Annuals. Harden off summer bedding plants.
Shrubs. After spring blooming plants are finished, prune as needed. These include forsythia, camellias, azaleas, early-blooming spireas and dogwoods.
Indoors. Houseplants may be placed outside towards month’s end. Slowly acclimate them to the sun otherwise they may sunburn. Prune over wintered tropical blooming plants like Mandevilla to rid of weak and spindly stems.
Lawns. Apply fertilizer after your lawn is completely green. Clip back established ground cover to encourage a flush of new growth. Prepare your soil now if you plant to start a new lawn from seed. Rake soil surface level and add a general fertilizer. Aerate and feed lawns with a high nitrogen fertilizer from April to September for greener and thicker grass. Use a spreader to ensure even coverage. Water lawns regularly particularly during periods of sparse rain or drought.
Perennials and Bulbs. Leave foliage on spring bulbs at least 6 weeks after bloom or until they die back. Select perennial plants that are full, sturdy and have best foliage color at the garden center.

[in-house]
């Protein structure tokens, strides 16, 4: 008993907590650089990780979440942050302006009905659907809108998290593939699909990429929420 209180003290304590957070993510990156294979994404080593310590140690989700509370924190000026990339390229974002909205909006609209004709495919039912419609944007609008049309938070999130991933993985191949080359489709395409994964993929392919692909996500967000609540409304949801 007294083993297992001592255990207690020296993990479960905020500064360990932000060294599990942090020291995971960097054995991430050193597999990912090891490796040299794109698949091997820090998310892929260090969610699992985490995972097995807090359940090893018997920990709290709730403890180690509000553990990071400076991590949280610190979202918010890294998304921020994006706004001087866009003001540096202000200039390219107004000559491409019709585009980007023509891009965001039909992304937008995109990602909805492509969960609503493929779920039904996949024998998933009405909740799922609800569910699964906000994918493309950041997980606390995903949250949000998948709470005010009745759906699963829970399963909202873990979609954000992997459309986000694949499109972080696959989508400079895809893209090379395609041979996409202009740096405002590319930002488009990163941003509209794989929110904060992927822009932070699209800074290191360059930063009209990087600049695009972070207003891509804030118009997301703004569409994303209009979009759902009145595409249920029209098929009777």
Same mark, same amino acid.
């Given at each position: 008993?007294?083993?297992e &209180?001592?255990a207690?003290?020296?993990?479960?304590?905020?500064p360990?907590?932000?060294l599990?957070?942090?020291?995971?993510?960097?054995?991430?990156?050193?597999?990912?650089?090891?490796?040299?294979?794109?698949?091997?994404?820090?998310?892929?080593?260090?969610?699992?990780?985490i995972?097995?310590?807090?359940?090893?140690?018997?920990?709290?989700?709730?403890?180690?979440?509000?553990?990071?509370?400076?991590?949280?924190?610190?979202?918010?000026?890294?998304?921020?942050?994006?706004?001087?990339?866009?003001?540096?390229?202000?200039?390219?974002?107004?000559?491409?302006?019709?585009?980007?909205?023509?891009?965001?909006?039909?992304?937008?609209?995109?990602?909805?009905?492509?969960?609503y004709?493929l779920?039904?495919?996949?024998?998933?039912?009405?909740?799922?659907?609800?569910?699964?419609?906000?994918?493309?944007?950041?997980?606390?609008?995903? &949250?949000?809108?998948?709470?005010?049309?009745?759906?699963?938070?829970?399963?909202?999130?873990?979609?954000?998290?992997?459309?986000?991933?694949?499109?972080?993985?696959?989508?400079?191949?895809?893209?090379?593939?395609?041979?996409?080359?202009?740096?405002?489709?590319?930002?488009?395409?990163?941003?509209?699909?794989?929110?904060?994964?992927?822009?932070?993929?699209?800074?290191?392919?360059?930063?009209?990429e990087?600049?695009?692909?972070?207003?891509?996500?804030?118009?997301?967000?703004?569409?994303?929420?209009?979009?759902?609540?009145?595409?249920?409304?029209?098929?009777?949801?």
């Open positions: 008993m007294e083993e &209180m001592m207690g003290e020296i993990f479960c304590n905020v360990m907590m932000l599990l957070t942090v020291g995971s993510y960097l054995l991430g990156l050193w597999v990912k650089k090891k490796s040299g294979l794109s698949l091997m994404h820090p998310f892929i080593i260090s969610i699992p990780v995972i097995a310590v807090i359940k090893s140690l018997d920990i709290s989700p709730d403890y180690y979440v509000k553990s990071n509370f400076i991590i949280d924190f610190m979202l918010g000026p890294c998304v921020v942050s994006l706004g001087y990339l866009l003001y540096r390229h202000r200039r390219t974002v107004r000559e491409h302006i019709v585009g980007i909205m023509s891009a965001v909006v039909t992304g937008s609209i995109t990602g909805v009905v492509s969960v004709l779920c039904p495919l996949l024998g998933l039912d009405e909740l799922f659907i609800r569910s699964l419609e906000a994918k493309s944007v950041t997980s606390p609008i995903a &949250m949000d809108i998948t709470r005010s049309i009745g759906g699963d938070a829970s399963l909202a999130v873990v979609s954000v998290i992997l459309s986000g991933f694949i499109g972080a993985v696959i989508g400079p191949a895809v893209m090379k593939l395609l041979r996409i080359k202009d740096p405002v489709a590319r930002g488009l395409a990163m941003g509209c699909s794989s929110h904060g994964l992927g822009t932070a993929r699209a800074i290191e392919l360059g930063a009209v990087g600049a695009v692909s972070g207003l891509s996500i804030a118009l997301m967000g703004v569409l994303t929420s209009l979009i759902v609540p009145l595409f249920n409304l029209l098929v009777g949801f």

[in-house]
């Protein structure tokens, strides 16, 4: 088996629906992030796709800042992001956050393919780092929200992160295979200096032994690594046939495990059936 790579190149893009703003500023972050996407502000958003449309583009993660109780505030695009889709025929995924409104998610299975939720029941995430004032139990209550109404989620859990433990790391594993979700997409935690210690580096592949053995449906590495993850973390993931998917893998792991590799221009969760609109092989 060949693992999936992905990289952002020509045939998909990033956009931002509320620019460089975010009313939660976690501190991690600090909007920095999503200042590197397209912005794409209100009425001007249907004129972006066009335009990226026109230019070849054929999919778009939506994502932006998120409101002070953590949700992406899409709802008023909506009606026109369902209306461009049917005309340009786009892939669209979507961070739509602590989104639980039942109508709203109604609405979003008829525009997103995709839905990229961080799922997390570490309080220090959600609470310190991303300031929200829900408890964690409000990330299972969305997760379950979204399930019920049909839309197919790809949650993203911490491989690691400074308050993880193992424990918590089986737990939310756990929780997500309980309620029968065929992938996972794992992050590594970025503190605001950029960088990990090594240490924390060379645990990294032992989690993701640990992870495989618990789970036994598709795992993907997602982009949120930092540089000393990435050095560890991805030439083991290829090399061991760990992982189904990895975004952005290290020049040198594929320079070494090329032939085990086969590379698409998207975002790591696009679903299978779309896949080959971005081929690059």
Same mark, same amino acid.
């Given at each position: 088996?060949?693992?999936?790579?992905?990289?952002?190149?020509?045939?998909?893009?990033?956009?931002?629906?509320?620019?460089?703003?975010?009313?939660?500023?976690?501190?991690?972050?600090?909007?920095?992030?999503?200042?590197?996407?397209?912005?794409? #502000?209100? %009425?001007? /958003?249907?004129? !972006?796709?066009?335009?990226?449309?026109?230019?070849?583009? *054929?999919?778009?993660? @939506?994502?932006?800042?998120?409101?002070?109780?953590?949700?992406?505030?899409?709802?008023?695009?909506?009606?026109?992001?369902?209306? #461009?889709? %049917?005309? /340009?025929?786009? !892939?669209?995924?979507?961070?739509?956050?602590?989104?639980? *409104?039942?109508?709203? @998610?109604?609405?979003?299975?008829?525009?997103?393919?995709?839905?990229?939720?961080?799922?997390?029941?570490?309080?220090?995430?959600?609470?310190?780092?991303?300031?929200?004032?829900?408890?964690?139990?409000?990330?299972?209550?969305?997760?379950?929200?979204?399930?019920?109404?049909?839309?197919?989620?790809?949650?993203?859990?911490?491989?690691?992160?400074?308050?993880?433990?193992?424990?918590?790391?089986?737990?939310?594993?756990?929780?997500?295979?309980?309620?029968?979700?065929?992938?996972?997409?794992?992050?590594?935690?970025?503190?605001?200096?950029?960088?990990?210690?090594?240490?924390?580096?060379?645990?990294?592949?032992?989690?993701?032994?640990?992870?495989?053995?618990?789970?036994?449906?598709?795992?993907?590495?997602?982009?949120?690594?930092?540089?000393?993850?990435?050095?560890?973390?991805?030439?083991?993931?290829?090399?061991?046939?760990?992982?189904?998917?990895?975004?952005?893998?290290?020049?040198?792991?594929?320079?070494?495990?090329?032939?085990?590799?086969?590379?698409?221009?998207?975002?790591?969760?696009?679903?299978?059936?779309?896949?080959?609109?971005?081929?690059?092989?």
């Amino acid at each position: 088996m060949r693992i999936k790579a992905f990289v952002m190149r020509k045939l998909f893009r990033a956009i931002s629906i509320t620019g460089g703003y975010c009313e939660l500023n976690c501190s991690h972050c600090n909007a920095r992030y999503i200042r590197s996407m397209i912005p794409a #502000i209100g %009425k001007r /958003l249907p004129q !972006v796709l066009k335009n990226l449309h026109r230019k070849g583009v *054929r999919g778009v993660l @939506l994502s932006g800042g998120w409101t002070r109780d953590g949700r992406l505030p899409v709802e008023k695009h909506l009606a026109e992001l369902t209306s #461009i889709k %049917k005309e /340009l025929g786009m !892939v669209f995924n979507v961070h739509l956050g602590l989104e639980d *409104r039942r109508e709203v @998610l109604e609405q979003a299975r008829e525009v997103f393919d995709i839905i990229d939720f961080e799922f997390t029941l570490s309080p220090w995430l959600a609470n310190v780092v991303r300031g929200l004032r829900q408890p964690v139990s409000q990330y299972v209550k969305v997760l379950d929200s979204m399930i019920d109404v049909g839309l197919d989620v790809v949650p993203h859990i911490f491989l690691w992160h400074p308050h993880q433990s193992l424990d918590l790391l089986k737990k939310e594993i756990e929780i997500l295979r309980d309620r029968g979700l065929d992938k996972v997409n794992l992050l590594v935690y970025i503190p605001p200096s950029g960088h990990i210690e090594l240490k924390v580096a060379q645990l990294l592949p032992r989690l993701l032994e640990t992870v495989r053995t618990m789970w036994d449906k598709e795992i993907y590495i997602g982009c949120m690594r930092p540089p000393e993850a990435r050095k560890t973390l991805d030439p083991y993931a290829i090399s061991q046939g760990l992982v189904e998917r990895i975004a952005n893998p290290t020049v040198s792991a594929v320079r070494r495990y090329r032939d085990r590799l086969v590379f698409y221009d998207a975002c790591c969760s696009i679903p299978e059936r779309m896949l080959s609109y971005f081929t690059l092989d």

Roses. Prune spring bloomers as needed after they complete their blooming.
Trees. Watch diligently for pests on your fruit trees. Follow a regular spraying program.
Vegetables and Herbs. Cool season crops, like lettuce and English peas, can be planted until the middle of the month. Be sure to rotate vegetable crops every year for three years to help control pests.
What’s blooming now … Ajuga, golden alyssum, anemone, azaleas, red-leafed barberry, beauty bush, bleeding heart, candytuft, clematis, columbine, daffodils, English daisies, daylilies, dianthus, dogwood, fringe tree, heather, bearded iris, yellow Jessamine, kerria, lilacs, lungwort, maple, mock orange, oxalis, pansies, peonies, phlox, primroses, ranunculus, roses, spireas, thrift, trillium, tulips, viburnums, vinca, violas, wild violets, weigela and sweet William.